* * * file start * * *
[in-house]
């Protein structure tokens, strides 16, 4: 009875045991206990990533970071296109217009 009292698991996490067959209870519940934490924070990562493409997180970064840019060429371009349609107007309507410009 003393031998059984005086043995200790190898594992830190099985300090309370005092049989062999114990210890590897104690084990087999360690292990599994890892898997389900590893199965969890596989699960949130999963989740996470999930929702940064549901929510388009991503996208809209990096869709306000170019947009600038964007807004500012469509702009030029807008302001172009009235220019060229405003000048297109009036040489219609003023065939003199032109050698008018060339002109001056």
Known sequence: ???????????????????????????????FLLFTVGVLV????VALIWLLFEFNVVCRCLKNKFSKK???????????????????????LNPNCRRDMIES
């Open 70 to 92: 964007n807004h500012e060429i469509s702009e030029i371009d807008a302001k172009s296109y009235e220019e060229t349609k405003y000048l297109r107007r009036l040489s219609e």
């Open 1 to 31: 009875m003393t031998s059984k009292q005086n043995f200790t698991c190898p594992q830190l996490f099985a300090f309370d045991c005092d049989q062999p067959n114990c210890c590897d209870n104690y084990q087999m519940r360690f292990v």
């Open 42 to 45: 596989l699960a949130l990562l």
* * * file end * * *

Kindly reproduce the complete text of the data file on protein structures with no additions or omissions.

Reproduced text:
[in-house]
């Protein structure tokens, strides 16, 4: 009875045991206990990533970071296109217009 009292698991996490067959209870519940934490924070990562493409997180970064840019060429371009349609107007309507410009 003393031998059984005086043995200790190898594992830190099985300090309370005092049989062999114990210890590897104690084990087999360690292990599994890892898997389900590893199965969890596989699960949130999963989740996470999930929702940064549901929510388009991503996208809209990096869709306000170019947009600038964007807004500012469509702009030029807008302001172009009235220019060229405003000048297109009036040489219609003023065939003199032109050698008018060339002109001056």
Known sequence: ???????????????????????????????FLLFTVGVLV????VALIWLLFEFNVVCRCLKNKFSKK???????????????????????LNPNCRRDMIES
């Open 70 to 92: 964007n807004h500012e060429i469509s702009e030029i371009d807008a302001k172009s296109y009235e220019e060229t349609k405003y000048l297109r107007r009036l040489s219609e």
């Open 1 to 31: 009875m003393t031998s059984k009292q005086n043995f200790t698991c190898p594992q830190l996490f099985a300090f309370d045991c005092d049989q062999p067959n114990c210890c590897d209870n104690y084990q087999m519940r360690f292990v």
């Open 42 to 45: 596989l699960a949130l990562l």